- Andrew Briney
So, Steve Ballmer is on the PR warpath again, promising all sorts of new security goodies for long-suffering Windows admins. In separate speeches in October, Ballmer huffed and puffed about how Redmond will ease our patching pains, upgrade security in XP, Win2003, ISA server and more.
"Let me make sure I talk about and really dramatize how much we understand the need to improve security," Ballmer told a group of Microsoft partners in New Orleans last month.
Hmmm ... where have we heard that before?
January 2002: Bill Gates, unveiling the "Trustworthy Computing" initiative, calls security Microsoft's "highest priority." "When we face a choice between adding features and resolving security issues, we need to choose security."
April 2001: David Thompson, a Microsoft VP, promotes the company's new Secure Windows Initiative: "In an increasingly interconnected world, Microsoft is delivering the products, technologies and services that empower safe, secure and trustworthy computing for customers."
July 2000: Steve Lipner, then-manager of Microsoft's Security Response Center, was asked about the future of Microsoft's products: "Believe it or not, I see fewer vulnerabilities and problems ahead."
With apologies to Bill -- Shakespeare, not Gates -- I'm reminded of Queen Gertrude's line in Hamlet: "The lady doth protest too much, methinks."
Of greater import, methinks, is this: Will the latest round of security announcements change anybody's mind about Microsoft? Or, is this another case of "much ado about nothing"?
The answer depends on whether you're an apologist, a naysayer or a realist.
APOLOGIST: "Microsoft is getting a bad rap, security-wise. Yes, they've had some problems in the past, but look at everything they've done to improve security. Have you actually tried Win2003? Some people call it 'annoying by default' because of its insistence on security over functionality.
"I, too, am tired of the patch parade. But look at what they're doing to address it. They're rolling 68 different patching systems into one. No matter what the patch is, or what system or version I'm running, I'll be able to find it in one place. And I won't be killed with the 'patch du jour' anymore. Now I'll get all patches delivered at the same time, once a month, save for emergency patches. Patch sizes will be reduced by up to 80 percent, and the new version of SUS will make patch automation faster.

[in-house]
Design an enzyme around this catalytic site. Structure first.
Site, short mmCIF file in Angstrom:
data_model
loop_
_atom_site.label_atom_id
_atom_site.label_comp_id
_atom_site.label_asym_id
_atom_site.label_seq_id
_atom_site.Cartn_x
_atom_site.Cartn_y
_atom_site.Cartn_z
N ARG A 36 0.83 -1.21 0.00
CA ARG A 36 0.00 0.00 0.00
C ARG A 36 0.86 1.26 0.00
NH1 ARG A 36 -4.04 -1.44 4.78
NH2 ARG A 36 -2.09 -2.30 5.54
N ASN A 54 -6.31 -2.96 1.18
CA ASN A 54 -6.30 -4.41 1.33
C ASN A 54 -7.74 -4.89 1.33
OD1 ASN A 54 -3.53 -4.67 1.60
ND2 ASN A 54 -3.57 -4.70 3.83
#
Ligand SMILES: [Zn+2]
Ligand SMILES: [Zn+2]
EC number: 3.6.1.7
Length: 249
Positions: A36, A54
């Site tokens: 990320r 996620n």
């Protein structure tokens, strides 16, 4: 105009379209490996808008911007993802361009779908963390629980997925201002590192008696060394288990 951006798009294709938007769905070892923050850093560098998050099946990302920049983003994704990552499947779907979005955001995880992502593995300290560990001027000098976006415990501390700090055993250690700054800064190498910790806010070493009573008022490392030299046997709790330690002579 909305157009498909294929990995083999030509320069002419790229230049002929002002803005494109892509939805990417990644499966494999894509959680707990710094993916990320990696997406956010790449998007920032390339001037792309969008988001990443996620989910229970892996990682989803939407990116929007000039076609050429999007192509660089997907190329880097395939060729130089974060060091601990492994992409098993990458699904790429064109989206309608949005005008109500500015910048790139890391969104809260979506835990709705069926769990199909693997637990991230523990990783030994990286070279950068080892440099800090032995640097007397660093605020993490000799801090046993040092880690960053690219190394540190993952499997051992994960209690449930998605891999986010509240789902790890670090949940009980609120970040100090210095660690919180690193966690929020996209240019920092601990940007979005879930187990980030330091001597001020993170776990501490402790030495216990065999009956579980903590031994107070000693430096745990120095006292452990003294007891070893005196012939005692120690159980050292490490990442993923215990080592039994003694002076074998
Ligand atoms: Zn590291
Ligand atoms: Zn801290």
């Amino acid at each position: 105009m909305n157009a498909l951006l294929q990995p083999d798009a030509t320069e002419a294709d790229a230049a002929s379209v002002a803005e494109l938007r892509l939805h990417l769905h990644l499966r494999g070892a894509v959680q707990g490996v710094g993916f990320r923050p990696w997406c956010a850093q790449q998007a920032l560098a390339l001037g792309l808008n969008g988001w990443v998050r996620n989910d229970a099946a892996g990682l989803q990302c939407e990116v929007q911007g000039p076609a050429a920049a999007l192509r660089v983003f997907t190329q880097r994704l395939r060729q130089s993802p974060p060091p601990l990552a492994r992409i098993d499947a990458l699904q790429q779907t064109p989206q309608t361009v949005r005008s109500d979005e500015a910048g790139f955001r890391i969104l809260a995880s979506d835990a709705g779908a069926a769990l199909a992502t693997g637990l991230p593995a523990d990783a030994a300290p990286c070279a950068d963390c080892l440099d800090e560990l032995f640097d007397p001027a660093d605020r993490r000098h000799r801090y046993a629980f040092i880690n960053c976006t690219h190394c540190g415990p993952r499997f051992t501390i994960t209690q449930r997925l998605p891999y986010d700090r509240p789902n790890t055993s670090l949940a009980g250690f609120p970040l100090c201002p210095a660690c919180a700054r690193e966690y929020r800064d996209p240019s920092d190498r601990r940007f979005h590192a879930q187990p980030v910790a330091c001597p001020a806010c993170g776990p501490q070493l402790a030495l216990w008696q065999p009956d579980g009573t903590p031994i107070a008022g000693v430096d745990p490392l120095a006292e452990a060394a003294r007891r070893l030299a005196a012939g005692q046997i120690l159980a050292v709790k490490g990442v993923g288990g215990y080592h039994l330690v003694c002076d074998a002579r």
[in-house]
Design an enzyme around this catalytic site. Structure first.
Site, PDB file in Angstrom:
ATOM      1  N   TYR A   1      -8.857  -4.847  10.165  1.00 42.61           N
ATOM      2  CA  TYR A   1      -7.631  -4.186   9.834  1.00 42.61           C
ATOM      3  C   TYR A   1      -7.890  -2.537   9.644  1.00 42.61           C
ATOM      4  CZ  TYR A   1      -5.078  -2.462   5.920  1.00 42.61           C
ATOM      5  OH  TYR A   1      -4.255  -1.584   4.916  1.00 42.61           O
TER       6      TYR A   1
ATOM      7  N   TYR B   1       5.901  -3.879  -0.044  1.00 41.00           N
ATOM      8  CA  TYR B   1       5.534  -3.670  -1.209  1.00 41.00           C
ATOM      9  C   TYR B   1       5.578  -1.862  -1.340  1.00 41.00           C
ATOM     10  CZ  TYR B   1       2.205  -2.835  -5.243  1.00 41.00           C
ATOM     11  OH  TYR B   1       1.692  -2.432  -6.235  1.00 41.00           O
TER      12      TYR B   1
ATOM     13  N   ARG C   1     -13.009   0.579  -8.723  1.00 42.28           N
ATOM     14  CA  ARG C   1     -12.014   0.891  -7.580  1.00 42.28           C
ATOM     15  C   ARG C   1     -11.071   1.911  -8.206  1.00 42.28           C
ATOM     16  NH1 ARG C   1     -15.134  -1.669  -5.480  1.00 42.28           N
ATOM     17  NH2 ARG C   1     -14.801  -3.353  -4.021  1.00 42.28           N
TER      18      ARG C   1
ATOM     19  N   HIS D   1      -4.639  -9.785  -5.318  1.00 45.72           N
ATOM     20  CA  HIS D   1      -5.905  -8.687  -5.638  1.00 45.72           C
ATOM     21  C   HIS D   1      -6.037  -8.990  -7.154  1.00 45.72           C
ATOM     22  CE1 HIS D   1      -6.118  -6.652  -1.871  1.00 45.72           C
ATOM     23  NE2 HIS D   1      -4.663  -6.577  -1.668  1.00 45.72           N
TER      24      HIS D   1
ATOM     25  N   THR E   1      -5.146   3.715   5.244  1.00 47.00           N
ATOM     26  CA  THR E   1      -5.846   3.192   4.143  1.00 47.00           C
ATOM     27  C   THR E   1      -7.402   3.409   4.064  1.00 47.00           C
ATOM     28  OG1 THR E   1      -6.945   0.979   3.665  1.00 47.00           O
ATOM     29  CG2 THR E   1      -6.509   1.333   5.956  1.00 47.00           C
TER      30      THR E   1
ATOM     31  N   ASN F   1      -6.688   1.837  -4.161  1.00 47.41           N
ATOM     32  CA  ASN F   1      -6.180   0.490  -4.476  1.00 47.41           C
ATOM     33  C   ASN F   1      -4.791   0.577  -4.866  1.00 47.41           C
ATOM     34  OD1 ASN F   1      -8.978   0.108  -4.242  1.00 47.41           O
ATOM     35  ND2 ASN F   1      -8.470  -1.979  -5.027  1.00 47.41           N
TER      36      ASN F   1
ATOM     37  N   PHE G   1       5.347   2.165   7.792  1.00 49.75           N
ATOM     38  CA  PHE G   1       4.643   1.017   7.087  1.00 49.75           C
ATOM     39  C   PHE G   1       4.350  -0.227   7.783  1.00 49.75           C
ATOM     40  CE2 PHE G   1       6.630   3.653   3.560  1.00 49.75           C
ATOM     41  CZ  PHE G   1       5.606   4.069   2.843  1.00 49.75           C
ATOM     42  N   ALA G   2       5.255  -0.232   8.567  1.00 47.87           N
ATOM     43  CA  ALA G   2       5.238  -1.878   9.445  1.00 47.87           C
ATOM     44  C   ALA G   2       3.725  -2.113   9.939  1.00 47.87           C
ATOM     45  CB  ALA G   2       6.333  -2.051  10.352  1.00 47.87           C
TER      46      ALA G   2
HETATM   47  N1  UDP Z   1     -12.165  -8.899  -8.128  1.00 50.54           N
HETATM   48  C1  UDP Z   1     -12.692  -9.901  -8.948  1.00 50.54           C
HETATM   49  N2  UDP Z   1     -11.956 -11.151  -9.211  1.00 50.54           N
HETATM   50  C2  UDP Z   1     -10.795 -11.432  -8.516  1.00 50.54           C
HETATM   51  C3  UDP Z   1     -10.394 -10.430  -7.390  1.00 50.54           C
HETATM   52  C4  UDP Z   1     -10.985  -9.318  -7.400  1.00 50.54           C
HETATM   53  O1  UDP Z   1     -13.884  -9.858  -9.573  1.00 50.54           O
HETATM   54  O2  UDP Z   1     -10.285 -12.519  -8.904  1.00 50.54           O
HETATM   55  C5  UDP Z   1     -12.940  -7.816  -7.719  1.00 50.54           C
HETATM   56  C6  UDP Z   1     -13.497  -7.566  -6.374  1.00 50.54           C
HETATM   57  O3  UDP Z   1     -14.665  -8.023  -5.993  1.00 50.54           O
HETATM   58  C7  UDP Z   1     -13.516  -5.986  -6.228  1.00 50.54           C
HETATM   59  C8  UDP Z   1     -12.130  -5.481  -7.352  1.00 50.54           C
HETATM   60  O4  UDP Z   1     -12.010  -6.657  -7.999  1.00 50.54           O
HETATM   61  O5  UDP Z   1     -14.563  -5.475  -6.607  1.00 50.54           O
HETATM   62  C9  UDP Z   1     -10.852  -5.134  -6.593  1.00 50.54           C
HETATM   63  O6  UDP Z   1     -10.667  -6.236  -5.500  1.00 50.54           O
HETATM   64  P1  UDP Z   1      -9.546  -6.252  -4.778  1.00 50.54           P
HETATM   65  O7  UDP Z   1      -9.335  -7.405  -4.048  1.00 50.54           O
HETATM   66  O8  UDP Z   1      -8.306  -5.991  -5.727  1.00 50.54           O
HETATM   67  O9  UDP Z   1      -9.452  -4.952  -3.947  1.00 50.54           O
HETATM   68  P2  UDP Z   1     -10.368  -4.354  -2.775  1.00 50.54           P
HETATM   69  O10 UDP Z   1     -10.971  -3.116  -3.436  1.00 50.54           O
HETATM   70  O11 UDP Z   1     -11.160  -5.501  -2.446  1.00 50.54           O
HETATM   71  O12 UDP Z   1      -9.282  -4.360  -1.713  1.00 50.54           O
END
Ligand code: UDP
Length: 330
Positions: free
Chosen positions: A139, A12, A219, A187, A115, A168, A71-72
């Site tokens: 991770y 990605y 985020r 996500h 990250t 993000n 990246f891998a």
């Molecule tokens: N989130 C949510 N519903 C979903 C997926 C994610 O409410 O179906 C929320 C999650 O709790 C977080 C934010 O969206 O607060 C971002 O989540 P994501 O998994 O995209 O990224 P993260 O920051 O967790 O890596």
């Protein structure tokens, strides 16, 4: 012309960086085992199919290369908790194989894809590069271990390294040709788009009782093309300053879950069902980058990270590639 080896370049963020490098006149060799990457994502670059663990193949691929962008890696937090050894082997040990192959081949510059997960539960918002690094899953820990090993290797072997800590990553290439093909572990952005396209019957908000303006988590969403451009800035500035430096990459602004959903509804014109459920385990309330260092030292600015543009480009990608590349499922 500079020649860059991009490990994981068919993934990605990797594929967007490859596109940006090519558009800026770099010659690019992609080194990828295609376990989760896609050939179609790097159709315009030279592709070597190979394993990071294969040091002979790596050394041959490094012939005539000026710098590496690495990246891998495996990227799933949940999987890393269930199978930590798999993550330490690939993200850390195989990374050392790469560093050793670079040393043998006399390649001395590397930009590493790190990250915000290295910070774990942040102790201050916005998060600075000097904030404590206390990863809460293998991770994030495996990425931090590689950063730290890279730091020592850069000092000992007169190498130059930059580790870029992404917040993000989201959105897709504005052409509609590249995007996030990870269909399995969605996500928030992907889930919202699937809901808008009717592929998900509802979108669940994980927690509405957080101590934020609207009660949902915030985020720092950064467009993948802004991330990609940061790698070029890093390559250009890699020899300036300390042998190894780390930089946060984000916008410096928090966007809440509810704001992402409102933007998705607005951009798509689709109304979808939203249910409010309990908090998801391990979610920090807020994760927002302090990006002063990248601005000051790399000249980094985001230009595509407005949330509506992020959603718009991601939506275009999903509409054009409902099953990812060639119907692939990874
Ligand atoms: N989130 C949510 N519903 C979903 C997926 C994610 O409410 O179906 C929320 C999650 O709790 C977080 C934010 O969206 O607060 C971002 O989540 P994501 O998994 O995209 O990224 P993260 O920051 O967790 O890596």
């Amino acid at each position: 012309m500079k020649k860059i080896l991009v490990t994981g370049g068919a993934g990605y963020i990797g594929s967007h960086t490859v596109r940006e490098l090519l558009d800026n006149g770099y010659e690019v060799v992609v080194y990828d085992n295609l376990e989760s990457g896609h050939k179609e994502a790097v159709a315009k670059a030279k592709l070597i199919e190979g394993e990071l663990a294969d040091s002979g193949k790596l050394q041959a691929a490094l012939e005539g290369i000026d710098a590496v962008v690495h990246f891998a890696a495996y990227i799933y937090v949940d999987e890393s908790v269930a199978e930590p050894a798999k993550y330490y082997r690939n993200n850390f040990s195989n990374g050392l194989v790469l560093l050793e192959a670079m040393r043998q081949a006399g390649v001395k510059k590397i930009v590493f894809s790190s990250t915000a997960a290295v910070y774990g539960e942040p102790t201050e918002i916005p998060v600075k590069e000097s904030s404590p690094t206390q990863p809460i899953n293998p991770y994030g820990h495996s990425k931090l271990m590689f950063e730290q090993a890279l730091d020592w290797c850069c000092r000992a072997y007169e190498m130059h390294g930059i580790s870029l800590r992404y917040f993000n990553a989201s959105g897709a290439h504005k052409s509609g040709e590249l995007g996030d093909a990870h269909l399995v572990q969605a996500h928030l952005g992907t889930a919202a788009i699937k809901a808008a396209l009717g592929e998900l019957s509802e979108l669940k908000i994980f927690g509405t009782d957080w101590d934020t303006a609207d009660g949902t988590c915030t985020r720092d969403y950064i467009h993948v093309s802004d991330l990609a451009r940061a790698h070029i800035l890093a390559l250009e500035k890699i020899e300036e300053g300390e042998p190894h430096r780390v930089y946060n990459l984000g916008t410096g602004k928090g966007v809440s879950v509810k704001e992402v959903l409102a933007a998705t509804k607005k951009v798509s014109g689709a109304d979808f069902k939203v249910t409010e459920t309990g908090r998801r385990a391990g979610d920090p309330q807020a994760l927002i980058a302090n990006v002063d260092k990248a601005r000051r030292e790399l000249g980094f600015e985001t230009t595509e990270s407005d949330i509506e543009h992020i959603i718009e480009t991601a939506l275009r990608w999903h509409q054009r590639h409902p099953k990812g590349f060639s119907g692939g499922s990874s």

"And, puh-leeze, don't preach Linux to me. Just look at the record: Red Hat 9 had 43 announced vulnerabilities in the first 150 days of its release. Win2003 had four."
NAYSAYER: "Ballmer and his cronies think if they repeat something often enough, people will eventually start believing it. The only reason Ballmer mentions Microsoft and security in the same sentence is because security is now the easiest path to more cash. M$ hasn't paid attention to security until recently because they didn't have a financial incentive. M$ knows old OSes and apps are insecure, and this is their opportunity to sell the upgrade: 'If you're sick of patching those old NT and Win2K boxes, maybe I can interest you in a shiny new Win2003 Server? Just sign here.'
"Well, I'm not buying it. Winblows; long live *nix."
REALIST: "Microsoft is here to stay. It's ubiquitous, it's easy to use, and my bosses depend on it. My job is to get off my soapbox and deal with it. The endless stream of patches sucks, but apparently Redmond is doing something about it. I won't hold my breath, but I'll welcome positive change." "Win2003? Who knows. We're looking at it, and we'll make the transition when it makes good business sense -- not a day sooner. Meanwhile, I'll continue to patch systems against critical vulnerabilities and -- understanding that may not be enough -- I'll continue to do what I've always done: harden default installs, build in layered security, update my incident response plan and educate my users."
Are you an apologist, a naysayer or realist? I hope the choice is obvious. We can sit around and complain about Microsoft insecurity, or we can do something about it.
I couldn't care less if the only reason Microsoft is "doing security" is to make more money. That's called capitalism. What I care about is that Microsoft is working to make its software easier to use, easier to manage and more secure.
If Microsoft wasn't doing anything about security, that'd be one thing. But they are -- just ask Ballmer, Gates, David Thompson or Steve Lipner.
About the author:
Andrew Briney, CISSP, is editorial director of Information Security.